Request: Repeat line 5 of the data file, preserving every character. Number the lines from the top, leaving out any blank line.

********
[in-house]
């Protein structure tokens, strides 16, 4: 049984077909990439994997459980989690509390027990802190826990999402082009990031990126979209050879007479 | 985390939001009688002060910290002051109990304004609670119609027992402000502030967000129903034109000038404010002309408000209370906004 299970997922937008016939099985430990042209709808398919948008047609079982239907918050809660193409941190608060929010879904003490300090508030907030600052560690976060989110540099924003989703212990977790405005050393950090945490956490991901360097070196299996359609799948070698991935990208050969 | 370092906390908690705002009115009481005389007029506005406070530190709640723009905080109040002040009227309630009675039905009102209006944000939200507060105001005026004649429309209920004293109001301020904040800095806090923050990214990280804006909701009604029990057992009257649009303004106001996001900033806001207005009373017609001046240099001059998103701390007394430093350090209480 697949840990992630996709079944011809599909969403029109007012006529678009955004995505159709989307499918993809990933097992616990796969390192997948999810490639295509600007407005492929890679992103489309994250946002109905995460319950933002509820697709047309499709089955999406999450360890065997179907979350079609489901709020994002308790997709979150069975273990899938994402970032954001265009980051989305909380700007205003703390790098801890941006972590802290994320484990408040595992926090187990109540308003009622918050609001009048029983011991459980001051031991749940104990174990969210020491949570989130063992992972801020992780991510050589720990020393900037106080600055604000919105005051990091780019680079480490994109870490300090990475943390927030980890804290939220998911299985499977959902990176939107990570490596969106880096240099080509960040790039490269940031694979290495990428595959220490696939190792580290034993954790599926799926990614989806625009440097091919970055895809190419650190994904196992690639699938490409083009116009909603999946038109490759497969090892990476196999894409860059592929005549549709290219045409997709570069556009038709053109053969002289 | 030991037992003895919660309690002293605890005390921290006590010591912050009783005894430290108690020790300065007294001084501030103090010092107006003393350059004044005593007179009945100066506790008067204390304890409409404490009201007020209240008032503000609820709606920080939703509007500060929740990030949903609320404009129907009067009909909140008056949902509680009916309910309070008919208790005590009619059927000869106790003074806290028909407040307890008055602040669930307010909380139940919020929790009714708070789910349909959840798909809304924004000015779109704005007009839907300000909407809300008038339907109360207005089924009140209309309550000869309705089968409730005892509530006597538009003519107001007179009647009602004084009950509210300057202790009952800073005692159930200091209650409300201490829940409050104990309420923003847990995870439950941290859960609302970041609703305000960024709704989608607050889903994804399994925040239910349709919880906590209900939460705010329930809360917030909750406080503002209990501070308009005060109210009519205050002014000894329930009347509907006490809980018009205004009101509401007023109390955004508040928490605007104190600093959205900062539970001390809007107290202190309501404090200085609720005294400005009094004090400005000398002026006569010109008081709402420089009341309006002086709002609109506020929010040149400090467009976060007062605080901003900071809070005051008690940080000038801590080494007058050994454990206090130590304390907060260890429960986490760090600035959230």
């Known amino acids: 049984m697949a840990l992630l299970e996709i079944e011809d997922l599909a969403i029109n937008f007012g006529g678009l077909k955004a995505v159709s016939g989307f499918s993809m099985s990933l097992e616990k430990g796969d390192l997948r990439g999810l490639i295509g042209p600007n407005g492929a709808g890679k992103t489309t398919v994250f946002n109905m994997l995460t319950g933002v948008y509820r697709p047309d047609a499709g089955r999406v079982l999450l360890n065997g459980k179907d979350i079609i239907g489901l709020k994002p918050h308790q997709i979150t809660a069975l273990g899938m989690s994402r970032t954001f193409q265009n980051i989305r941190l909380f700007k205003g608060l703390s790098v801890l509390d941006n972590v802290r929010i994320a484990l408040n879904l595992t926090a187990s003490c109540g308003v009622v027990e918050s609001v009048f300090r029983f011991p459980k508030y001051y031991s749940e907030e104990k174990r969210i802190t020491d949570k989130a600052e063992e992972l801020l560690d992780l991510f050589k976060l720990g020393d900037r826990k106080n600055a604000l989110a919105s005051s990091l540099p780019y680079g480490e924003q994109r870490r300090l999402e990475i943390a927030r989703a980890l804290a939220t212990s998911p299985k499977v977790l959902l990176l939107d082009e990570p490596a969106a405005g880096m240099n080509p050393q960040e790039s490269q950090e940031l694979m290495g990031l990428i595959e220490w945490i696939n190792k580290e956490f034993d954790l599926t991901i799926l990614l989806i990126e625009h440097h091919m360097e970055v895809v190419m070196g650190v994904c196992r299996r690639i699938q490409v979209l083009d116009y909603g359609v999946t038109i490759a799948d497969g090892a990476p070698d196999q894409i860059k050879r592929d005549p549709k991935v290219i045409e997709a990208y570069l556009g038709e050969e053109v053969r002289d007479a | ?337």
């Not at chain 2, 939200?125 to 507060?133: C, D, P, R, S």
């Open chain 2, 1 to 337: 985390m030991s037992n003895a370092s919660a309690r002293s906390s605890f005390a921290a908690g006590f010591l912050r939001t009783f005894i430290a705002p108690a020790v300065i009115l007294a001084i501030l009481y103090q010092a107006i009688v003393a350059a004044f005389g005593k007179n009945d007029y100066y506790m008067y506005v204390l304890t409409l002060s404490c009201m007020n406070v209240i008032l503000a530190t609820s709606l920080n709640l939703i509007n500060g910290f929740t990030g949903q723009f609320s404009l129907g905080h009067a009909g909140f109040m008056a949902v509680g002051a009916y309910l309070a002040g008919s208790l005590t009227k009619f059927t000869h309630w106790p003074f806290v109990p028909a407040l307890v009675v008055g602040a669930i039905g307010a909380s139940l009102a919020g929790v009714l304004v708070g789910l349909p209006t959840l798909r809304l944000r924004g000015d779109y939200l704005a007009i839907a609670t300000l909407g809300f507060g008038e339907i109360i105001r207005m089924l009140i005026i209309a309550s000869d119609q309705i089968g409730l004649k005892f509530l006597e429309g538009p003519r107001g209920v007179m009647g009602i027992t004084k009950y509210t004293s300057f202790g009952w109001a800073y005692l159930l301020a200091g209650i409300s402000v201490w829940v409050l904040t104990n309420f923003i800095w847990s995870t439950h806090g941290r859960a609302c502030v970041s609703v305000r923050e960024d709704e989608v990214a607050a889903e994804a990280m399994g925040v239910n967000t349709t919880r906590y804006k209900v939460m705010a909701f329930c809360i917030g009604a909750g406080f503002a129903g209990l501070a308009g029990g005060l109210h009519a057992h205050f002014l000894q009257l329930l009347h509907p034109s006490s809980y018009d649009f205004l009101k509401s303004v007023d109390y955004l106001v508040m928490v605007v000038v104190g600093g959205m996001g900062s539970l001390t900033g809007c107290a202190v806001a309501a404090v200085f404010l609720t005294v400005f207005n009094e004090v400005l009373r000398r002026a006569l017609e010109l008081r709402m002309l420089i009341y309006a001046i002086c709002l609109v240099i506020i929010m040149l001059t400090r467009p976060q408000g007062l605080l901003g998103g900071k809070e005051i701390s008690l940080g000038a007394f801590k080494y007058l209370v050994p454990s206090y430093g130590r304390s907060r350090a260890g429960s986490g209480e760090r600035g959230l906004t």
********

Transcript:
């Open chain 2, 1 to 337: 985390m030991s037992n003895a370092s919660a309690r002293s906390s605890f005390a921290a908690g006590f010591l912050r939001t009783f005894i430290a705002p108690a020790v300065i009115l007294a001084i501030l009481y103090q010092a107006i009688v003393a350059a004044f005389g005593k007179n009945d007029y100066y506790m008067y506005v204390l304890t409409l002060s404490c009201m007020n406070v209240i008032l503000a530190t609820s709606l920080n709640l939703i509007n500060g910290f929740t990030g949903q723009f609320s404009l129907g905080h009067a009909g909140f109040m008056a949902v509680g002051a009916y309910l309070a002040g008919s208790l005590t009227k009619f059927t000869h309630w106790p003074f806290v109990p028909a407040l307890v009675v008055g602040a669930i039905g307010a909380s139940l009102a919020g929790v009714l304004v708070g789910l349909p209006t959840l798909r809304l944000r924004g000015d779109y939200l704005a007009i839907a609670t300000l909407g809300f507060g008038e339907i109360i105001r207005m089924l009140i005026i209309a309550s000869d119609q309705i089968g409730l004649k005892f509530l006597e429309g538009p003519r107001g209920v007179m009647g009602i027992t004084k009950y509210t004293s300057f202790g009952w109001a800073y005692l159930l301020a200091g209650i409300s402000v201490w829940v409050l904040t104990n309420f923003i800095w847990s995870t439950h806090g941290r859960a609302c502030v970041s609703v305000r923050e960024d709704e989608v990214a607050a889903e994804a990280m399994g925040v239910n967000t349709t919880r906590y804006k209900v939460m705010a909701f329930c809360i917030g009604a909750g406080f503002a129903g209990l501070a308009g029990g005060l109210h009519a057992h205050f002014l000894q009257l329930l009347h509907p034109s006490s809980y018009d649009f205004l009101k509401s303004v007023d109390y955004l106001v508040m928490v605007v000038v104190g600093g959205m996001g900062s539970l001390t900033g809007c107290a202190v806001a309501a404090v200085f404010l609720t005294v400005f207005n009094e004090v400005l009373r000398r002026a006569l017609e010109l008081r709402m002309l420089i009341y309006a001046i002086c709002l609109v240099i506020i929010m040149l001059t400090r467009p976060q408000g007062l605080l901003g998103g900071k809070e005051i701390s008690l940080g000038a007394f801590k080494y007058l209370v050994p454990s206090y430093g130590r304390s907060r350090a260890g429960s986490g209480e760090r600035g959230l906004t």